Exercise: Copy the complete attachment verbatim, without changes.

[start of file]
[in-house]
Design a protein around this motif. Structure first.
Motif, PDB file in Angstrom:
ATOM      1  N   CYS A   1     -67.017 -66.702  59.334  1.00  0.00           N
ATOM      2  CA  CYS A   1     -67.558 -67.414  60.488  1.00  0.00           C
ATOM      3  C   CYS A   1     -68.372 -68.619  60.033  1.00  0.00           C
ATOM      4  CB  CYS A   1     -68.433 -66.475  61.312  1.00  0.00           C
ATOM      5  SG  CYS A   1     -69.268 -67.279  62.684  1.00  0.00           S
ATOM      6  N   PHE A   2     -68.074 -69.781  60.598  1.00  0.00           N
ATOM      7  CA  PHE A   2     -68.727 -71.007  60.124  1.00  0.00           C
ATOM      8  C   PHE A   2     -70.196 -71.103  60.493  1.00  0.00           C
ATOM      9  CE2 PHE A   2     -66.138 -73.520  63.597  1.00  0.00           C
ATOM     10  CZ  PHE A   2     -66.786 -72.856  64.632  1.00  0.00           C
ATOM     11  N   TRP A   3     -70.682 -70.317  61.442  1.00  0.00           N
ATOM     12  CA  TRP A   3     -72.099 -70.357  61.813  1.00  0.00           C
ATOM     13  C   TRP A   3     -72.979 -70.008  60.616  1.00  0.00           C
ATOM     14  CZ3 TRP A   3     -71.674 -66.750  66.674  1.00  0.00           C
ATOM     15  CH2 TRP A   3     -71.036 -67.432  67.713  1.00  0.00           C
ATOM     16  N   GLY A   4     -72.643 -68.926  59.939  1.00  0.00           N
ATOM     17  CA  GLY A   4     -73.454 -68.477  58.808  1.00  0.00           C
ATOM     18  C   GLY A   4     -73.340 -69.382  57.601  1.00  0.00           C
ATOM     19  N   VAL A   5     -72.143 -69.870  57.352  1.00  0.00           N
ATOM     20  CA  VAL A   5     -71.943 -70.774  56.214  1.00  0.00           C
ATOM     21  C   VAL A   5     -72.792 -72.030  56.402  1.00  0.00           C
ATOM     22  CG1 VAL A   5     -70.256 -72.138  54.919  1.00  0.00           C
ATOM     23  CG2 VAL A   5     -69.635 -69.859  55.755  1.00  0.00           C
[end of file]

[in-house]
Design a protein around this motif. Structure first.
Motif, PDB file in Angstrom:
ATOM      1  N   CYS A   1     -67.017 -66.702  59.334  1.00  0.00           N
ATOM      2  CA  CYS A   1     -67.558 -67.414  60.488  1.00  0.00           C
ATOM      3  C   CYS A   1     -68.372 -68.619  60.033  1.00  0.00           C
ATOM      4  CB  CYS A   1     -68.433 -66.475  61.312  1.00  0.00           C
ATOM      5  SG  CYS A   1     -69.268 -67.279  62.684  1.00  0.00           S
ATOM      6  N   PHE A   2     -68.074 -69.781  60.598  1.00  0.00           N
ATOM      7  CA  PHE A   2     -68.727 -71.007  60.124  1.00  0.00           C
ATOM      8  C   PHE A   2     -70.196 -71.103  60.493  1.00  0.00           C
ATOM      9  CE2 PHE A   2     -66.138 -73.520  63.597  1.00  0.00           C
ATOM     10  CZ  PHE A   2     -66.786 -72.856  64.632  1.00  0.00           C
ATOM     11  N   TRP A   3     -70.682 -70.317  61.442  1.00  0.00           N
ATOM     12  CA  TRP A   3     -72.099 -70.357  61.813  1.00  0.00           C
ATOM     13  C   TRP A   3     -72.979 -70.008  60.616  1.00  0.00           C
ATOM     14  CZ3 TRP A   3     -71.674 -66.750  66.674  1.00  0.00           C
ATOM     15  CH2 TRP A   3     -71.036 -67.432  67.713  1.00  0.00           C
ATOM     16  N   GLY A   4     -72.643 -68.926  59.939  1.00  0.00           N
ATOM     17  CA  GLY A   4     -73.454 -68.477  58.808  1.00  0.00           C
ATOM     18  C   GLY A   4     -73.340 -69.382  57.601  1.00  0.00           C
ATOM     19  N   VAL A   5     -72.143 -69.870  57.352  1.00  0.00           N
ATOM     20  CA  VAL A   5     -71.943 -70.774  56.214  1.00  0.00           C
ATOM     21  C   VAL A   5     -72.792 -72.030  56.402  1.00  0.00           C
ATOM     22  CG1 VAL A   5     -70.256 -72.138  54.919  1.00  0.00           C
ATOM     23  CG2 VAL A   5     -69.635 -69.859  55.755  1.00  0.00           C